The reference count is the number of times an object is referenced by a variable. If an object isn’t referenced anymore, it can be safely removed from the memory—what’s the use of an object nobody cares for anyway? This article shows you how to count the number of references to a Python object.
What’s the Current Reference Count of Python Object
Question: How to get the current reference count of a Python object?
Answer: You can get the current reference count with the
getrefcount() method. For example, to get the number of times variable
x is referenced, run
Here’s the general strategy for an arbitrary
import sys print(sys.getrefcount(object))
The following code snippet shows an example of an object
x that has a reference count of 13. After creating a new reference y to the object
x, the reference count increases by one to 14.
import sys x = 42 print(sys.getrefcount(x)) # 13 y = x print(sys.getrefcount(x)) # 14
You may not have expected that the initial reference count is 13. So, why is that? Let’s see.
Why is the Reference Count Higher Than Expected?
Reason 1: Implicit Helper Variables
Python is a high-level programming language. It provides you many convenience functions and memory management. You don’t have to care about the concrete memory locations of your objects and Python automatically performs garbage collection—that is—removing unused objects from memory. To do all of this work, Python relies on its own structures. Among those, are helper variables that may refer to an object you’ve created. All of this happens under the hood, so even if you don’t refer an object in your code, Python may still have created many references to that object. That’s why the reference count can be higher than expected.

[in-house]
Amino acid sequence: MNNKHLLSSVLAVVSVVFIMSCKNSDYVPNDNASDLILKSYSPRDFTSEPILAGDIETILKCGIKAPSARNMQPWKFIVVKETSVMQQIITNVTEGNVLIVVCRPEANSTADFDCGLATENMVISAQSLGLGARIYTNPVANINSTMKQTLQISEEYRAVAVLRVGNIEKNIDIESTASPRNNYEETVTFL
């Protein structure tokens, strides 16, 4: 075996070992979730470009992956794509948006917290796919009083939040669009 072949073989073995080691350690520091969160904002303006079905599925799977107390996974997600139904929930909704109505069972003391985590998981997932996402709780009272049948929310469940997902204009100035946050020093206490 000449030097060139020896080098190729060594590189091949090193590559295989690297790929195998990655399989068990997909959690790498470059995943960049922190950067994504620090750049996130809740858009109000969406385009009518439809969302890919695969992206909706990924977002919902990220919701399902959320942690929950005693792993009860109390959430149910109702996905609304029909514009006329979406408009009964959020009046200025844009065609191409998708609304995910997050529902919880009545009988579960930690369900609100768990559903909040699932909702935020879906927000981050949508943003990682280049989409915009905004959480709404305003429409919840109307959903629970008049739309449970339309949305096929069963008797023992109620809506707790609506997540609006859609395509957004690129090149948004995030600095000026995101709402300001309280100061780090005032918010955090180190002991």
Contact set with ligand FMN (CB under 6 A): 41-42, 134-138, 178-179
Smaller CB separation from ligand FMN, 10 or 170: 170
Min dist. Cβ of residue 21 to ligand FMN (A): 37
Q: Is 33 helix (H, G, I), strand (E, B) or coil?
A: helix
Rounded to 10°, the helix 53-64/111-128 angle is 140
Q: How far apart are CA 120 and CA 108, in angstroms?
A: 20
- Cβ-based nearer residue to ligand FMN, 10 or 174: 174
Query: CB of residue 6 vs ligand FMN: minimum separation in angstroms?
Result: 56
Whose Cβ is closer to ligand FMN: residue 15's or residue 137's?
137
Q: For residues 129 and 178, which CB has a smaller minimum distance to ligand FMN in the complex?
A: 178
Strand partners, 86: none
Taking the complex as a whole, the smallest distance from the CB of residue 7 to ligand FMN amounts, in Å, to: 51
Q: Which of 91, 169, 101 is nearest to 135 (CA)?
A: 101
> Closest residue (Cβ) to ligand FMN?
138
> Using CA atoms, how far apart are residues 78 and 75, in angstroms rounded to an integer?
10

Reason 2: Temporary Reference in
Note that by calling the function
getrefcount(x), you create an additional temporary reference to the object
x. This alone increases the reference counter by one.
While working as a researcher in distributed systems, Dr. Christian Mayer found his love for teaching computer science students.
To help students reach higher levels of Python success, he founded the programming education website Finxter.com. He’s author of the popular programming book Python One-Liners (NoStarch 2020), coauthor of the Coffee Break Python series of self-published books, computer science enthusiast, freelancer, and owner of one of the top 10 largest Python blogs worldwide.
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